It’s mine, and I worked damn hard for it, so you best bet I’m putting gallons of elbow grease into it. If you’re familiar with the Sunk Cost Fallacy, you could say I made it work in my favor.
“So, Ethan,” you may ask, “that’s nice and all, but why are you telling me all of this?”
Good question, beloved reader!
Imagine the role of the cars in my above story is replaced by you, the wonderful person that you are, and the role that I fill in the above story is instead, say, a theoretical romantic partner.
Let’s say you have a partner who got lucky with you — you’re their green F-150. They happened upon you one day, and you were enamored with them. You flirted and pursued and romanced to your greatest capacity and won their heart.
How much investment do you think they have in the relationship?
They may have gotten you for a good deal, but no matter how much they enjoy you, one thought will always haunt their mind. “I got lucky, and I could get lucky again.”
When you haven’t worked for something — when you haven’t sacrificed or struggled for it — you remain uninvested. You aren’t going to notice the little details. The oil will run out without you suspecting a thing. And slight imperfections will stand out and make you wonder if you could get something better.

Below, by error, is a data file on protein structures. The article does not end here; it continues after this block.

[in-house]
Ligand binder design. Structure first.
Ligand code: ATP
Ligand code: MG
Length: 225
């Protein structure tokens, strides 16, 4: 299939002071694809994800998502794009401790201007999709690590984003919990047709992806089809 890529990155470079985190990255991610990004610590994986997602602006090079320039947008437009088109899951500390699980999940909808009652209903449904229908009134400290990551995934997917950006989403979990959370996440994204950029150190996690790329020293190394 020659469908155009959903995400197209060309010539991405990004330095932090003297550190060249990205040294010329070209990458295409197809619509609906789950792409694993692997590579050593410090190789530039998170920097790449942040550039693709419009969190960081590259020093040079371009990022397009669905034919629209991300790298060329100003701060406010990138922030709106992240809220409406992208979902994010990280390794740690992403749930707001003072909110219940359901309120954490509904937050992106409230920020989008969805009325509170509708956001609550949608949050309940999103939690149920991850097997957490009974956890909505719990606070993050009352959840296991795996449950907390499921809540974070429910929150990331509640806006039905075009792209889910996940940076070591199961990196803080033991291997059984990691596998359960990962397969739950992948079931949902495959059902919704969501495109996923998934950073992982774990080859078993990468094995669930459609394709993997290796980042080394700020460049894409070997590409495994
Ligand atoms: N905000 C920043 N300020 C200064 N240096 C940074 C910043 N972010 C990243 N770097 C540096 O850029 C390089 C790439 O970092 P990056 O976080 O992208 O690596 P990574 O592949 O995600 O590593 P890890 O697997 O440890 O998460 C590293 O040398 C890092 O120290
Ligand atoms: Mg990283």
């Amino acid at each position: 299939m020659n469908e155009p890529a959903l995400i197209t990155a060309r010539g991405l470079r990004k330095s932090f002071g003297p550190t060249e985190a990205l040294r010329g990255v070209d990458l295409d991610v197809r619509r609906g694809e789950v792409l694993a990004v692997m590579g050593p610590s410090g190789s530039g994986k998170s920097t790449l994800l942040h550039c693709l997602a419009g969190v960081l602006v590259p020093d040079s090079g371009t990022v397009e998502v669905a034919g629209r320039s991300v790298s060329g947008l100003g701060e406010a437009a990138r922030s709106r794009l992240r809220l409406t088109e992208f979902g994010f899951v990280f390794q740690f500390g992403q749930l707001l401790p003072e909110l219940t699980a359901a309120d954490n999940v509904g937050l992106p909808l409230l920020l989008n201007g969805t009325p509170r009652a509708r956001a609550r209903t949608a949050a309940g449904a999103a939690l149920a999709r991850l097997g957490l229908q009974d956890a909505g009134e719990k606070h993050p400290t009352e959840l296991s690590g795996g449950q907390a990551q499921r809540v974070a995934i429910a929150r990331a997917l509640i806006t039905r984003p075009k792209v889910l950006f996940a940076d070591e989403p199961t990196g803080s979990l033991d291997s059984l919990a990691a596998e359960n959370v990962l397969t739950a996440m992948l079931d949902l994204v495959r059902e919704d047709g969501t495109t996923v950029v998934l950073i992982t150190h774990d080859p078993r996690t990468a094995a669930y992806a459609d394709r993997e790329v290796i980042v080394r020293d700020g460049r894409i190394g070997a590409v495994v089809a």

Let’s change the example and say that instead of the green F-150, you are your partner’s RV.
They decided what they wanted, and decided to go out and find it. They joined clubs they weren’t that interested in, in hopes of finding you. They were out at the local bar every night, not for fun, but to scope out the field, desperately hoping for a glimpse of what they were seeking. They spent nights lying awake thinking of what they might be missing — reviewing their actions and working to improve their flirtation strategies, knowing they had to be on their best to attract you. They talked to their friends, asked for introductions, tried online dating, and a million other strategies until finally, on that fateful night, they finally found you.
Months of hard romance later, they finally win your undying love.
They are invested. They are committed. They went out to earn you, and they did.
You can be assured they aren’t going to let go of you.
They are going to, as I said above, dump gallons of elbow grease into the relationship. No detail will slip by them. No bad blood will be allowed to fester. No lie will hide from their gaze, and no doubt will ever cross their mind. They will withhold no iota of love, nor will they ever be ungrateful for the love they receive because every ounce they receive and express is their right and reward for all the work and sacrifice they put in.
And naturally, this relationship goes both ways. Just as they must earn you, so too must you earn them.
You are theirs, and they are yours.
They value you. They know your worth.
That which is obtained by luck is soon lost for lack of attention.
That which is earned is kept and appreciated forever.